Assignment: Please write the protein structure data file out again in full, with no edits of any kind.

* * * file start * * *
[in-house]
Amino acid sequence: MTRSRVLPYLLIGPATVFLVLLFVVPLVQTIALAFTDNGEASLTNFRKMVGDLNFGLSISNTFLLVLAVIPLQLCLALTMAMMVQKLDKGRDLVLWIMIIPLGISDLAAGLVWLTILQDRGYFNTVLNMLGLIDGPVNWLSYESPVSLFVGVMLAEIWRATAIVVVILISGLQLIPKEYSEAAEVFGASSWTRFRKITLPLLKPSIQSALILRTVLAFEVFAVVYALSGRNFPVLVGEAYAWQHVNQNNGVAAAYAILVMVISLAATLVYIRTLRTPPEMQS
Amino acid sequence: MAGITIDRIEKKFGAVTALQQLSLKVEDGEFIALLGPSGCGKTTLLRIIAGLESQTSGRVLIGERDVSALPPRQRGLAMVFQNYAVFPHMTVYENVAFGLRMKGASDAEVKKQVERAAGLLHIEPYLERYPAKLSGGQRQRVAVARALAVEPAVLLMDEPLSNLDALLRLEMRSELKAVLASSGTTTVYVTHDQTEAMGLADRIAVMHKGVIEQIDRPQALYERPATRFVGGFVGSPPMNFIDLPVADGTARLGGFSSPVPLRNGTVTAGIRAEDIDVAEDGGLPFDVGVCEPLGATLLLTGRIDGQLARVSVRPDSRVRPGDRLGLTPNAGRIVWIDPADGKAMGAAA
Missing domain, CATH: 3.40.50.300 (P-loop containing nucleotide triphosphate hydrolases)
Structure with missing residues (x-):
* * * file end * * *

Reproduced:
[in-house]
Amino acid sequence: MTRSRVLPYLLIGPATVFLVLLFVVPLVQTIALAFTDNGEASLTNFRKMVGDLNFGLSISNTFLLVLAVIPLQLCLALTMAMMVQKLDKGRDLVLWIMIIPLGISDLAAGLVWLTILQDRGYFNTVLNMLGLIDGPVNWLSYESPVSLFVGVMLAEIWRATAIVVVILISGLQLIPKEYSEAAEVFGASSWTRFRKITLPLLKPSIQSALILRTVLAFEVFAVVYALSGRNFPVLVGEAYAWQHVNQNNGVAAAYAILVMVISLAATLVYIRTLRTPPEMQS
Amino acid sequence: MAGITIDRIEKKFGAVTALQQLSLKVEDGEFIALLGPSGCGKTTLLRIIAGLESQTSGRVLIGERDVSALPPRQRGLAMVFQNYAVFPHMTVYENVAFGLRMKGASDAEVKKQVERAAGLLHIEPYLERYPAKLSGGQRQRVAVARALAVEPAVLLMDEPLSNLDALLRLEMRSELKAVLASSGTTTVYVTHDQTEAMGLADRIAVMHKGVIEQIDRPQALYERPATRFVGGFVGSPPMNFIDLPVADGTARLGGFSSPVPLRNGTVTAGIRAEDIDVAEDGGLPFDVGVCEPLGATLLLTGRIDGQLARVSVRPDSRVRPGDRLGLTPNAGRIVWIDPADGKAMGAAA
Missing domain, CATH: 3.40.50.300 (P-loop containing nucleotide triphosphate hydrolases)
Structure with missing residues (x-):